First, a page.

We start in different places, we take different paths, we have different methods — can we all end up at yoga?
Sutra 4.1: Powers or skills are gained by being born with them, by using drugs, by incantations, through various kinds of practices, or by becoming enlightened. Translation by Kofi Busia
Sutra 4.1: The attainments listed in the previous section are not only the fruits of the threefold inner discipline, but they are congenital in some, and in others they may follow the right and intelligence use of certain medicinal herbs or of certain mantras (mystic formulae or advice), or they may follow the kindling of the psychic fire. Translation by Swami Venkatesananda
When I was in college, I was easily surprised, and most often not by the books or the lectures, but by the unusual things spilling from the mouths of my peers, who presented perspectives, ideas, and assumptions that had never occurred to me before. And this was OK… sort of. Only sort of, because while there wasn’t as much asinine + baseless judgement of others as in high school and we coexisted comfortably enough (nerds banding together!), I never actually reached out to learn how or why these different perspectives came to be.
I remember being dumbfounded and feigning jealousy when one of my freshman peers very comfortably assured us that she was pre-med… because she wanted to be a doctor… because she wanted to help people.
That sounded all well and good, I thought, but what if she doesn’t like being a doctor? Yes, doctors help people, so of course she’d have that covered, but they do it in a very particular way and they’re most effective when they enjoy and can engage fully with the day to day of being a doctor.
I failed to comprehend how this young woman could possibly know she wanted all that. I mean, all the more power to her for knowing what she wanted to do for the better part of the rest of her life, but how could she be sure this far out? There was so much work for her to do, so many things to learn and learn to enjoy before she could be useful as a doctor. Would this pre-med path lead to the best way for her to help people? Or would she get there and discover starting over with something else would be better for her and everyone she wanted to help?
At eighteen, making a decision that impacted the rest of your life was a very terrifying prospect for me, and thus it felt important to leave as many doors open as possible. This was compounded by the fact that I also didn’t have any idea what I wanted to do… beyond learning for learning’s sake, contemplating the world, and asking “why?” more often than not. And so the clarity in some of my peers’ declarations of career choice befuddled me – I wasn’t even jealous, I was too far removed from the practical necessity of applying skills to a profession.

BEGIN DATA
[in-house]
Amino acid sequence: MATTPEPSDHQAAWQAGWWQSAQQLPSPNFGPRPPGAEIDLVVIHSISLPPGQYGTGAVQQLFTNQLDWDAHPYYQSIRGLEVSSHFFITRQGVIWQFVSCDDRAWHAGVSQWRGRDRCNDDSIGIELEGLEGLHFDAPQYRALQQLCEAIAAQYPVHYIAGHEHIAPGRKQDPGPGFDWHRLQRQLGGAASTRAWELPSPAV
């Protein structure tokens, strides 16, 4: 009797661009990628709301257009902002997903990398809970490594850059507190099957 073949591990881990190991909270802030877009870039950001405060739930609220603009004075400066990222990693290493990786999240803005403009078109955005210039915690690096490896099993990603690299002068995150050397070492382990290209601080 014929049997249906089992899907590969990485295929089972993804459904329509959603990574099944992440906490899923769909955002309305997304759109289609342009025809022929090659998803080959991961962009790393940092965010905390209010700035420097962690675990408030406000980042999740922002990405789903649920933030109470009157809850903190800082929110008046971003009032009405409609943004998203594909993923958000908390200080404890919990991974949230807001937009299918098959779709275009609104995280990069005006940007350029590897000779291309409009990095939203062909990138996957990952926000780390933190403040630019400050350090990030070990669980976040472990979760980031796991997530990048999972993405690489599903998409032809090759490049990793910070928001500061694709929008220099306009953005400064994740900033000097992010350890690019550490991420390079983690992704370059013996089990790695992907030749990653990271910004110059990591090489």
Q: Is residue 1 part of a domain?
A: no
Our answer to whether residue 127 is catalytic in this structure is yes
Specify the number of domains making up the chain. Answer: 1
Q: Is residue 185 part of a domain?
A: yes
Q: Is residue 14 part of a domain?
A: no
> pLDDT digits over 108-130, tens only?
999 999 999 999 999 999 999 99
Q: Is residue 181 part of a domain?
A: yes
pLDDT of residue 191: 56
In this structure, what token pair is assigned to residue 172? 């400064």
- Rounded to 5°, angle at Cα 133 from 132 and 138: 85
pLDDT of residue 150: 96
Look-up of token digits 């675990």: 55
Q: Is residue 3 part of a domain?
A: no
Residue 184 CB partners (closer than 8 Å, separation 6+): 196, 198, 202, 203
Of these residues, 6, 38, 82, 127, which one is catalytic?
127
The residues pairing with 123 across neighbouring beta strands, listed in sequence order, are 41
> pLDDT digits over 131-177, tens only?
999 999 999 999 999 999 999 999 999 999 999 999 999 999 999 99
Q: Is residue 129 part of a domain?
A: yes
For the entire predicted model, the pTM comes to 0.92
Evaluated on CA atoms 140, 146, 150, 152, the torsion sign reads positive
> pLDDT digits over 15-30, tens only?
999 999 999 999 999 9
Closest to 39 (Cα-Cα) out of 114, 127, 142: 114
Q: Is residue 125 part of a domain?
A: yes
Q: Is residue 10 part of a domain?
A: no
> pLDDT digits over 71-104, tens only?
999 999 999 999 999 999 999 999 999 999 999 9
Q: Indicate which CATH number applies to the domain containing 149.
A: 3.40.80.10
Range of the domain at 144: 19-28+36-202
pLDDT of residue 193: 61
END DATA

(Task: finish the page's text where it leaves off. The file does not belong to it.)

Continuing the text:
Now I don’t think any one choice or any one path is in and of itself all that critical. So what if this gal didn’t become a doctor (who knows, she may not have!). Engaging fully with the prep for the possibility of doctorhood gave her plenty of useful experiences, I’m sure. She, like all of us, will be continuously confronted with more choices for how to help others and no choice she makes will end all other choices.
People are deeply resourceful. If one path does not lead a person where she wants to go, she will eventually create another path.
Finding yoga is all about creating paths to yoga –and it doesn’t really matter which path is yours nor how many you try before you find the best fit.
Yoga will wait for you to discover it in your own time.
Hari om tat sat!
Experience your true self and bring it into every moment of your living!
The Yoga Sutras of Patanjali are a classical text on yoga–a guidebook of sorts.
Each week, 216 teacher Esther Palmer dives into one of the sutras and we let it take us where it takes us.